Swiss pharmaceutical company Roche is conducting consistent legal battles against smaller companies to dissuade them from entering the market of breast cancer medication reports The Wire. They claim that this has, in effect, granted Roche a monopoly over the biosimilars market, with an emphasis on the breast cancer medication trastuzumab. As a result, there is no chance of competition in the market driving down prices.
Trastuzumab is a monoclonal antibody, referred to as “targeted therapy” due to its specificity to a binding site located on HER2, a cell-surface protein. Some tumours overexpress this protein and so there will be an abundance of binding sites for the antibody to attach to. The overexpression of HER2 causes cancer cells to grow and replicate at an accelerated pace. In cancer cells the functional effect of the medication is to block these sites and prevent this accelerated growth. This has been shown to increase survival rate (risk reduction of 28 percent) when used during chemotherapy.
“Cutthroat on an international scale”
The biosimilars industry has become cutthroat on an international scale, with lawsuits between companies becoming regular occurrences. This owes itself to the nature of the products, created with the intention of mirroring the original as closely as possible. Lawsuits are currently underway between Roche and Amgen regarding another cancer fighting antibody – Avastin. Roche is also engaged in legal action with fellow Swiss pharmaceutical company Novartis. Russian company Biocad accuses Roche of using illegal tactics to force them out of business such as “deliberately setting the price too low”.
Women’s rights groups, both globally and in particular, India, have been up in arms due to the price of the drug. In a discussion with The Wire, Kalyani Menon-Sen, a women’s rights activist in India has recalled personal accounts of those unable to afford drugs produced by Roche – specifically Trastuzumab.
In the case of Menon-Sen’s friend, who was diagnosed with HER2+ breast cancer, her doctor had not mentioned the potential for using Trastuzumab. As well as a women’s rights activist Menon-Sen is also coordinator for Campaign for Affordable Trastuzumab in India, and so visited the doctor alongside her friend. The doctor simply said that he had not mentioned the medication as it would cost over sixth months’ worth of her friends salary.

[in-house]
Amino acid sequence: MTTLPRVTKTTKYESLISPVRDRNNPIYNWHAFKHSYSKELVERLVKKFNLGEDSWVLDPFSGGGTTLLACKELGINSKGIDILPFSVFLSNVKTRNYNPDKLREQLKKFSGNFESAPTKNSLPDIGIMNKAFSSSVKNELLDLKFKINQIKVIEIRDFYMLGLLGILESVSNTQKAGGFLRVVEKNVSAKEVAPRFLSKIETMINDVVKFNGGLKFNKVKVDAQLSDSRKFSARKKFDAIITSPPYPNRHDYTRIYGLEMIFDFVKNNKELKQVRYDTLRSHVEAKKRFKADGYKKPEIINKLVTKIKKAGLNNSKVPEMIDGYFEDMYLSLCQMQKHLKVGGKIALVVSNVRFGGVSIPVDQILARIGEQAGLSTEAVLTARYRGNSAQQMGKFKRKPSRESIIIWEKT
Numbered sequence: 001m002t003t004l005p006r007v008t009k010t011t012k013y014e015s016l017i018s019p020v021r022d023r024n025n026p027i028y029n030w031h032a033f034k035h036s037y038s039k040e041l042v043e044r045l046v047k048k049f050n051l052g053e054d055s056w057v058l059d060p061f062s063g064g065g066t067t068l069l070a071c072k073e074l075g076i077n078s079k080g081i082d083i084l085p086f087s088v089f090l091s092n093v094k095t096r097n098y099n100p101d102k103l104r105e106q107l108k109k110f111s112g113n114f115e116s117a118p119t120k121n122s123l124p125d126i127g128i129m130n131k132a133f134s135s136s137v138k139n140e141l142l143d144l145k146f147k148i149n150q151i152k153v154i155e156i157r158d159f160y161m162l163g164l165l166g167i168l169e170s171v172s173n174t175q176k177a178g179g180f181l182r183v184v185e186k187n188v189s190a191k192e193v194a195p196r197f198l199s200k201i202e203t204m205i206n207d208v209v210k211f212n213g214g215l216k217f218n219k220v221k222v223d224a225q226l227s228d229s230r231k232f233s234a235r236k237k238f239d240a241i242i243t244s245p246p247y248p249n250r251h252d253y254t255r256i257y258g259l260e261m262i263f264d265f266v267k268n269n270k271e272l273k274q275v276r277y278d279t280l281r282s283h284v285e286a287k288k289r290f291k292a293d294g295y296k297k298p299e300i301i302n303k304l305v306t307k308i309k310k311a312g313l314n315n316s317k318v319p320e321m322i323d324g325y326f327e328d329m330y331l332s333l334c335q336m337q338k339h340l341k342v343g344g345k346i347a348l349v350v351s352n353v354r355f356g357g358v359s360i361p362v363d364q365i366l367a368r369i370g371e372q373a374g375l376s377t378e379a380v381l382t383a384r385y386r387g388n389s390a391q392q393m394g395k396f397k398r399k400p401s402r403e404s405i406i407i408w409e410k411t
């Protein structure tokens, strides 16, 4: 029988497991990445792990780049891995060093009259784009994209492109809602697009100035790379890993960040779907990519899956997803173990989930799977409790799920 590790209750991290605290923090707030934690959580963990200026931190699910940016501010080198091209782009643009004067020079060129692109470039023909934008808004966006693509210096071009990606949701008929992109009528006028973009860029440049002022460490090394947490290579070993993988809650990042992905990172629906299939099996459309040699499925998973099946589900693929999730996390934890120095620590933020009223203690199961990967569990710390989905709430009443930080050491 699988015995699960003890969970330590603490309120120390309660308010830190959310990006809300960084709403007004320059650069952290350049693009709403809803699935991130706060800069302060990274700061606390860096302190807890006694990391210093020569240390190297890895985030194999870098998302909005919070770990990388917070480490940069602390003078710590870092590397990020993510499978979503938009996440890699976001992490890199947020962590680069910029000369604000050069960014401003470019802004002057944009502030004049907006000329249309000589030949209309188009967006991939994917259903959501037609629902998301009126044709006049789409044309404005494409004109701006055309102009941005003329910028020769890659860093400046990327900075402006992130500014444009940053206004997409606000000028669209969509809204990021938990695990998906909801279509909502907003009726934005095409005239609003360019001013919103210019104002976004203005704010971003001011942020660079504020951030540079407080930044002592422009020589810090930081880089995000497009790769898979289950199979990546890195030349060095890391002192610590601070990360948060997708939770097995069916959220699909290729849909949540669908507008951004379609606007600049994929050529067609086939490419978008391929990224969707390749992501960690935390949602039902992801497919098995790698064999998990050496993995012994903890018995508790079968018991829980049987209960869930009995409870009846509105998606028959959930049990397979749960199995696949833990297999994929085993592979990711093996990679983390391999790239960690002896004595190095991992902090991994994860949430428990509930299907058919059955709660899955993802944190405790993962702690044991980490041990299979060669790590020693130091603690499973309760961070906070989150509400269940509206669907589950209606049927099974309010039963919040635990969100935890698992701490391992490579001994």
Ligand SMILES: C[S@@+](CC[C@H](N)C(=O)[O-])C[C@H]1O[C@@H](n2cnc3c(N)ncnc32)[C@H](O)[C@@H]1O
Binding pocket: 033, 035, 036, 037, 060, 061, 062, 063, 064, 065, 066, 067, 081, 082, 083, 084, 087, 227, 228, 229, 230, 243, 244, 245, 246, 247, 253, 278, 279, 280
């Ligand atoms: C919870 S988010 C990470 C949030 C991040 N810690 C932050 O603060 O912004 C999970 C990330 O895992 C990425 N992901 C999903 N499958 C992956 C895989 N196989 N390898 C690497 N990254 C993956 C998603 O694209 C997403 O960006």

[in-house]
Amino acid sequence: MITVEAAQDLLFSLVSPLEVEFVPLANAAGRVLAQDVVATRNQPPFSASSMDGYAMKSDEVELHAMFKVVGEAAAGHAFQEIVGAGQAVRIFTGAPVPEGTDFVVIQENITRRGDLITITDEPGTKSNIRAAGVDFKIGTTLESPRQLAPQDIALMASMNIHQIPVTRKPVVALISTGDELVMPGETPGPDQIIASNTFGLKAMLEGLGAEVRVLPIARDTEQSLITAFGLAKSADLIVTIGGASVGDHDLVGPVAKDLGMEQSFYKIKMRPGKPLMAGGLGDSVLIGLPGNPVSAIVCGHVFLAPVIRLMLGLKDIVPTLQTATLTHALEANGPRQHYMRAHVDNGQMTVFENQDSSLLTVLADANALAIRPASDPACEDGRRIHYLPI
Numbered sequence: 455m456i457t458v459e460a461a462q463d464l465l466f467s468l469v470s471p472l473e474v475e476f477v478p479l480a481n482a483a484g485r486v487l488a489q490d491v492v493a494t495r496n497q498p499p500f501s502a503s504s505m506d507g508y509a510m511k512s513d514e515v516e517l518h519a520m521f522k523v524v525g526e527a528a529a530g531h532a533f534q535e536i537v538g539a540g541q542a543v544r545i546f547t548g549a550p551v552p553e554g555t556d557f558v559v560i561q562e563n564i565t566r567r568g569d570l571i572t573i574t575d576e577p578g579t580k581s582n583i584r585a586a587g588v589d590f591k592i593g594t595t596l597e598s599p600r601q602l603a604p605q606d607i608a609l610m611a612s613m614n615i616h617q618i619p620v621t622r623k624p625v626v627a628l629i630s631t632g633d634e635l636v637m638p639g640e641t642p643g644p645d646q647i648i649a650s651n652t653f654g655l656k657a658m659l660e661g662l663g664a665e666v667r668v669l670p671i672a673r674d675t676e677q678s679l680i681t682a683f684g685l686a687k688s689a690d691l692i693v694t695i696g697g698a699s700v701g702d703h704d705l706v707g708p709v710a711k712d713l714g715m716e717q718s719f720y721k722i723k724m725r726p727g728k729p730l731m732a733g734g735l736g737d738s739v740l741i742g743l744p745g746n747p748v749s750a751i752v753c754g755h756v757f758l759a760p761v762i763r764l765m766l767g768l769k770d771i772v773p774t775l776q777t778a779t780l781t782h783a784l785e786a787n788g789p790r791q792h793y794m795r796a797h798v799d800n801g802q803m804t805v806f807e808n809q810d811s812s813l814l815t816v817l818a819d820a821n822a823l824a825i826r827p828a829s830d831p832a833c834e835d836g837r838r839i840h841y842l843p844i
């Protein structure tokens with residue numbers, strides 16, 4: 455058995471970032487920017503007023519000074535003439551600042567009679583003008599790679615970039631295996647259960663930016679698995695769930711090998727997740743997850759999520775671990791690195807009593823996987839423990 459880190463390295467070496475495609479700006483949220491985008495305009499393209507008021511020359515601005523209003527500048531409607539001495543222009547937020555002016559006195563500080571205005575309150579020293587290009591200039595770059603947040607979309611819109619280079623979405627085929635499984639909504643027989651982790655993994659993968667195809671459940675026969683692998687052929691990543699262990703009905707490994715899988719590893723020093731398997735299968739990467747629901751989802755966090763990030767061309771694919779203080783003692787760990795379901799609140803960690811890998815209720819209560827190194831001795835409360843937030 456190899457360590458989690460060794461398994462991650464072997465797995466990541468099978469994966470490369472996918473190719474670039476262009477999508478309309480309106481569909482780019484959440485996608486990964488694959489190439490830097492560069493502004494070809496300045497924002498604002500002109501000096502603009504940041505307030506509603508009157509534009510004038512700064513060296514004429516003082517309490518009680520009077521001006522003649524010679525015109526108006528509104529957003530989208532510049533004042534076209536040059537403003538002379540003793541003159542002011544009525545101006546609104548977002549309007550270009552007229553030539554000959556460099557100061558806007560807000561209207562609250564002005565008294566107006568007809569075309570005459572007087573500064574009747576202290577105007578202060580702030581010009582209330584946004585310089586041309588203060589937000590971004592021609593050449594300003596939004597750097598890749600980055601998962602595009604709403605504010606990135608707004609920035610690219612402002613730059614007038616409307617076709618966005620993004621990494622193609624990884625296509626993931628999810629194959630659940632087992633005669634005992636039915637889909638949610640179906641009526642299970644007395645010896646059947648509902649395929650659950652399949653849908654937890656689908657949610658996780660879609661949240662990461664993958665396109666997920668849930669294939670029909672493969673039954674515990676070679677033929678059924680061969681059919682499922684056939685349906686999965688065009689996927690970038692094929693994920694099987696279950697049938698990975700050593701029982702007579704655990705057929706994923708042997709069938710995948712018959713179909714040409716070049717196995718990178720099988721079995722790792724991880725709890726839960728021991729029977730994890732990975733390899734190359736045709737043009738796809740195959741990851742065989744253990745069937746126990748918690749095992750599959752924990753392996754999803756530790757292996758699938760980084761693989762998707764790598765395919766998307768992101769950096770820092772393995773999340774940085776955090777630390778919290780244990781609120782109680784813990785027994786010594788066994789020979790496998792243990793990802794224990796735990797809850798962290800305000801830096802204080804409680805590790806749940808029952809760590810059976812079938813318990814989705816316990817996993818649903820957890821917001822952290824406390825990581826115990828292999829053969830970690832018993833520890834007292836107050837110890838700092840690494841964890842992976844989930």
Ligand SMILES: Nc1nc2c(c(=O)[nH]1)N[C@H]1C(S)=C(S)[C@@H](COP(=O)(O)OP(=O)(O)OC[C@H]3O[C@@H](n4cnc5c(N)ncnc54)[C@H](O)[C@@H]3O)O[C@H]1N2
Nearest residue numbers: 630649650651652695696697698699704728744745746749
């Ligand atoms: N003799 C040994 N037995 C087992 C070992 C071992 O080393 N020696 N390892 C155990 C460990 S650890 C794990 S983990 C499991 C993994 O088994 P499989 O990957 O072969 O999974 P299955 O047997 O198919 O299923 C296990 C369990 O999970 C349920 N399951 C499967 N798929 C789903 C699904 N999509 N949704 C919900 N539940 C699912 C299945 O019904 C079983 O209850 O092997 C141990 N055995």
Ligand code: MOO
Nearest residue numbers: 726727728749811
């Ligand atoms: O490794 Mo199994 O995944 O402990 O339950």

Trastuzumab: an essential medicine
Trastuzumab was first approved in India in 2000, initially at a price of Rs 135,200 for a 450mg vial. In 2013, the Ministry of Health insisted on a mandatory license for the medication; Roche at this point reduced the cost to Rs 75,000 per vial. Dependent on the stage of the cancer the dose may be between 2mg and 8mg for the early stages of chemotherapy, applied every 90 minutes. At this rate the vial provides roughly 56 doses, and will last just three and a half days before another vial must be purchased.
In 2015 India added Trastuzumab to the national list of essential medicines, capping the price at Rs 55,812 in the process. Though this is continuing in the right direction, in a country where the average monthly salary is only Rs 18,117 this still amounts to three months of wages for a single vial.
“One company’s greed” – or a more complex situation?
Kalyani Menon-Sen continues to campaign for the affordability of the medication, and summarises the situation thus:
“What was the point of assuring patients that a medicine could save their lives if they couldn’t afford it? It was at this point that the gravity of the situation hit me, where because of one company’s greed, a life-saving drug is kept out of reach for women with cancer. The only motivator for the rapacious pricing policies of Roche and other large pharmaceuticals overseeing the production and distribution of the new cancer drugs is greed,”